The Art Directors Guild has named seven initial inductees to its Hall of Fame, tapping Wilfred Buckland, Richard Day, John DeCuir Sr., Anton Grot, Boris Leven, William Cameron Menzies and Van Nest Polglase.
The seven will be formally inducted at the ninth annual Art Directors Guild Awards Feb. 12 at the Beverly Hilton Hotel. Additional inductees will be installed each year.
“This is a proud moment for our guild as we look to our past so we may build the bridges to our future,” said ADG prexy Thomas A. Walsh in a statement Wednesday. “The ADG Hall of Fame will recognize the many contributions and achievements of those artists who created and evolved our unique art and craft of design and art direction for the moving image.”
Buckland developed Klieg lighting, which uses spotlighting for both indoors and outdoors, and worked with Cecil B. DeMille, contributing to his early success by creating contemporary themes and authentic set designs.
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Day began his work in the silent era as Erich von Stroheim’s designer and worked as an art director for Samuel Goldwyn for eight years. He was nominated for 20 Academy Awards, winning seven.
DeCuir is best known for elaborate set designs that were illustrated with watercolor paintings. He won Oscars for “The King and I,” “Cleopatra” and “Hello Dolly!”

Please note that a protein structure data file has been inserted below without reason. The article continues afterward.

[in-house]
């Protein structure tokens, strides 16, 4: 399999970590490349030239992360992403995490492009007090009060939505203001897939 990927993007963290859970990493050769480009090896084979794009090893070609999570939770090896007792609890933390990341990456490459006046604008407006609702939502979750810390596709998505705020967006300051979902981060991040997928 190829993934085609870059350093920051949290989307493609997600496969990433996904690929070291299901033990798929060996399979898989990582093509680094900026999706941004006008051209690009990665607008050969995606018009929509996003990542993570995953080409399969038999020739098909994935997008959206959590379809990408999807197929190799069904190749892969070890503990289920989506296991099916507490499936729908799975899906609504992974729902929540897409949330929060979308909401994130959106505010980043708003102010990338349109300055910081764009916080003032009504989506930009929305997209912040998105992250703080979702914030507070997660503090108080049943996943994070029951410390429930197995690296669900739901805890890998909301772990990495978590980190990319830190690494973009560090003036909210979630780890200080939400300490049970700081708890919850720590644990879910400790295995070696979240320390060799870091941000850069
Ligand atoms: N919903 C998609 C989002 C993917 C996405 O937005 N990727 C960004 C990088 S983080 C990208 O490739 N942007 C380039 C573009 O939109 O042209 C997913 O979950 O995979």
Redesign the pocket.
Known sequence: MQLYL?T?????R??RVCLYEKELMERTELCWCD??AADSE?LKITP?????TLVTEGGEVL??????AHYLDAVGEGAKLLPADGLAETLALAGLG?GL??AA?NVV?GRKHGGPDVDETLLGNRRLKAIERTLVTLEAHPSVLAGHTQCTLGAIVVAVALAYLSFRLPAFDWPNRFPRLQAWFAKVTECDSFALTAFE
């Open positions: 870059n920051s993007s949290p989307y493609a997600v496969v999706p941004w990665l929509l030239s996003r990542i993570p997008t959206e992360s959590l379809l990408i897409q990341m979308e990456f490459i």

Grot dominated art direction at Warner Bros. for 20 years until his retirement at the end of the ’40s. His creative contributions with water effects led to his receiving an honorary Academy Award in 1941; he was nominated for five Oscars.
Leven won an Oscar for “West Side Story” and received nine nominations. He was regarded as achieving his finest work on Technicolor dramas and musicals.
Menzies became the first art director to gain the title of production designer as a result of his Academy Award-winning work on “Gone With the Wind.” He also won Oscars for “The Dove” and “The Tempest.”
Polglase moved to Hollywood in 1919, beginning his career at Famous Players-Lasky, where he rose to the position of department head. He was nominated for six Oscars and was best known for RKO’s Astaire-Rogers musicals.